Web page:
"It was a hard decision," she said. "I love my job, the staff, children and community, but the time is right for a change."
She announced her decision — a surprise to many — at the Ormondale staff meeting Feb. 8.
During the same meeting, master teacher Linda Vlasic, who has worked closely with Ms. Gal for many years, told colleagues she also will retire in June.
Ms. Vlasic has taught 35 years in the district, beginning at Ormondale with a combination fourth- and fifth-grade class, moving to Corte Madera to teach sixth grade, and leading classes for gifted and talented students before returning to Ormondale, where she settled in to teach third grade. She is recognized for her leadership, energy and enthusiasm in bringing innovation to the classroom and district and developing grants for school -wide programs such as service learning .
"Independently, Linda and I came to the conclusion it was time to retire," said Ms. Gal.
"Ormondale is at a point where it is positioned to move forward in the coming years "to meet the needs of students in the 21st century," said Ms. Gal. "The teachers have done a lot of hard work this year" on initiatives to further "investigative learning."
Teachers now use what Ms. Gal calls "a hybrid system," combining "best practices" from more traditional content delivery with newer approaches such as project-based learning that reflects student interests and needs.
Ms. Gal came to the Portola Valley district in 1985 as dean of students at Corte Madera before being appointed principal at Ormondale, then a K-5 school, two years later. Previously, she was a counselor and vice principal of a middle school in Day City and taught high school in the East.
"I have had the unique pleasure of working with a most extraordinary group of students, teachers, parents, and community members," she said in her letter mailed to Ormondale parents. "We have shared a commitment to excellence " and "nothing but the highest level of teaching and learning sufficed.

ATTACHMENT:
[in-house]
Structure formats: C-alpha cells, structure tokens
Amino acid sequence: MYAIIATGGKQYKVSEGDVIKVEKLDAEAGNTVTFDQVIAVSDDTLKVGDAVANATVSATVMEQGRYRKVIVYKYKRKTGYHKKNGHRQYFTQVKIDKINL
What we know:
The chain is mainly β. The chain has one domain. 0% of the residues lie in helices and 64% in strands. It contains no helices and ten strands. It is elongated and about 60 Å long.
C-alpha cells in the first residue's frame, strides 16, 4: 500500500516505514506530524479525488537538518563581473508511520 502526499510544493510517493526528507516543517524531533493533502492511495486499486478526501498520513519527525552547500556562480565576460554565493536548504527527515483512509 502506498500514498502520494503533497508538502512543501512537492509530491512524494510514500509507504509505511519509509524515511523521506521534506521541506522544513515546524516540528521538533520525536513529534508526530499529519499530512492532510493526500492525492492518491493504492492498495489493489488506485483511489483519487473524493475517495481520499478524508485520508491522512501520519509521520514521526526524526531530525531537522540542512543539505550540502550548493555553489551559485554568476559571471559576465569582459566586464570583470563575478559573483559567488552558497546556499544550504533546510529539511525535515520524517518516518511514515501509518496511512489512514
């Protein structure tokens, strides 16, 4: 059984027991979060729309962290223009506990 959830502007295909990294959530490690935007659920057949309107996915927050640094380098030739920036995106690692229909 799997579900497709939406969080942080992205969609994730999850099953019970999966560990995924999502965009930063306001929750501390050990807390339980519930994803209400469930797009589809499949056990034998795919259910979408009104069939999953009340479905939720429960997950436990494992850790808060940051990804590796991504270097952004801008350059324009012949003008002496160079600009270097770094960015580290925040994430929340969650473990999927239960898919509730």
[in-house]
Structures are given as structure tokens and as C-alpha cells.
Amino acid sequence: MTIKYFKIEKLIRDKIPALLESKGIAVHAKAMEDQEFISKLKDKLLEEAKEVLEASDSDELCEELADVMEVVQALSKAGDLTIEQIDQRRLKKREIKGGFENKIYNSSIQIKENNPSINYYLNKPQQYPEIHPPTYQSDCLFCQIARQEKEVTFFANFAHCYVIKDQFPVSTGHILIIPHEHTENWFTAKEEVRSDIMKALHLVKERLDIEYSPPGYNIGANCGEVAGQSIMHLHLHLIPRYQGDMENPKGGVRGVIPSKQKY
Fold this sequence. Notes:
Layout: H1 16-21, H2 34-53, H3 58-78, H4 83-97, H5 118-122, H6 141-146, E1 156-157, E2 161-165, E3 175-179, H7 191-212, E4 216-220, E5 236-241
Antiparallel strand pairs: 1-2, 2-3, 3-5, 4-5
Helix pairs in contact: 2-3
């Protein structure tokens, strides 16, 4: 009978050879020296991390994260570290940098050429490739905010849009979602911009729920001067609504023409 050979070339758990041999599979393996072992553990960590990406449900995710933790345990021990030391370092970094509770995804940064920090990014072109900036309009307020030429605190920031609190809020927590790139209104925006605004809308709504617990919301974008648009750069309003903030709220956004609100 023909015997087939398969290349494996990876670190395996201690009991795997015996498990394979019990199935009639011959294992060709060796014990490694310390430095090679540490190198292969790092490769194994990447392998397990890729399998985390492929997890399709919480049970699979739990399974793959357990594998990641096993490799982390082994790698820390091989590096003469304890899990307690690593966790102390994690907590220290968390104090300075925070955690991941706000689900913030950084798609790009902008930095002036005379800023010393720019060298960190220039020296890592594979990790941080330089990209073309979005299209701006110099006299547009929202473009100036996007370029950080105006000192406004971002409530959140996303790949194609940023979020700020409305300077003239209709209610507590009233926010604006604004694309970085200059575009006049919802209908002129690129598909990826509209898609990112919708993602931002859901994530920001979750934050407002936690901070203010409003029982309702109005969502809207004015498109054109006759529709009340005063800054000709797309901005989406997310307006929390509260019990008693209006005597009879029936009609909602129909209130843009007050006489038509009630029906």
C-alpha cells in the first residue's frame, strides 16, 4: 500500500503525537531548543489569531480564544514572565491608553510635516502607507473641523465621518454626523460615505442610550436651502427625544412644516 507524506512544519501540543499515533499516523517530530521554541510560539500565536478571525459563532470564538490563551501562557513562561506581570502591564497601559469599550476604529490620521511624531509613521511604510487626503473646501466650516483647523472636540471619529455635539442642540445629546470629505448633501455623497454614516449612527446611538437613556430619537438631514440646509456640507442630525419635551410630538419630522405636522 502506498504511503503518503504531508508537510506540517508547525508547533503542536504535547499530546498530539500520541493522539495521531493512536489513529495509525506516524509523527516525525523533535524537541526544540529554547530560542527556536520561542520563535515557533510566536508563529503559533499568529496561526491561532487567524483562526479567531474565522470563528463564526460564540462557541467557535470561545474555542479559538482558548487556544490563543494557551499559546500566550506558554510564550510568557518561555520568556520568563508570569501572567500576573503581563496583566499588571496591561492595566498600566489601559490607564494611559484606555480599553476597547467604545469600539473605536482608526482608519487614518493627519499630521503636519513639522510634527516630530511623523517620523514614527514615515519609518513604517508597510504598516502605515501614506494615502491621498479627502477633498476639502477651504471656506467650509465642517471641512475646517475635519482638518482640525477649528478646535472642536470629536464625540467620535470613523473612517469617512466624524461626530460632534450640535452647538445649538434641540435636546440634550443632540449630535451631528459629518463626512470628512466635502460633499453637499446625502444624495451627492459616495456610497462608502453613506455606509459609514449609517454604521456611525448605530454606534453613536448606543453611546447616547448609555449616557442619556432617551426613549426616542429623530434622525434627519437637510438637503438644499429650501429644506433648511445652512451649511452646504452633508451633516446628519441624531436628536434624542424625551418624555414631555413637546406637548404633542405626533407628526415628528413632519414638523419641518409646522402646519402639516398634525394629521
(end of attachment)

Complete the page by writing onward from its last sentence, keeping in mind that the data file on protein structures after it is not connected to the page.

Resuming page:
"I have always felt grateful to be in a community that allowed and encouraged the pursuit of excellence and provided the means to build schools that viewed teaching and learning as a total community endeavor," she said.
Reorganization of Ormondale 10 years ago from a K-5 to a K-3 school, Ms. Gal said, narrowed the age span of students and gave the opportunity to fully focus on the younger child and create a school that has the capacity to meet children's needs in "a myriad of ways."
Ms. Gal has no specific plans for the next phase of her life as a retired educator. She will finish out the school year and do the planning to make the next school year at Ormondale successful.
She looks forward to traveling and spending more time with family — husband, George Gal, a research scientist at Lockheed; daughter Andrea Gal, a teacher in Foster City; son Dr. Robert Gal of Long Island, New York; and her four "beautiful grandchildren," ages 18 months to 8 years.
"I love teaching," said Ms. Vlasic, "but I think you have to make a decision when it's time not to teach."
Ms. Vlasic said she has no specific plans for retirement. She intends to continue with volunteer work, take classes, spend more time with family and friends, and pursue options that she hasn't been able to devote time to during her career. She and her husband, Tom Vlasic, deputy town planner for Portola Valley, are parents of Jennifer and Eric Vlasic, now adults pursuing careers.
Superintendent Anne Campbell said she finds herself pleased for the two "models and mentors" as they embark upon new life adventures, but sad when she contemplates Ormondale without their expertise and exuberance.
"Although I find myself wishing we could just clone them, we can't, so we will begin our principal search immediately to find the best match for Ormondale, said Superintendent Campbell.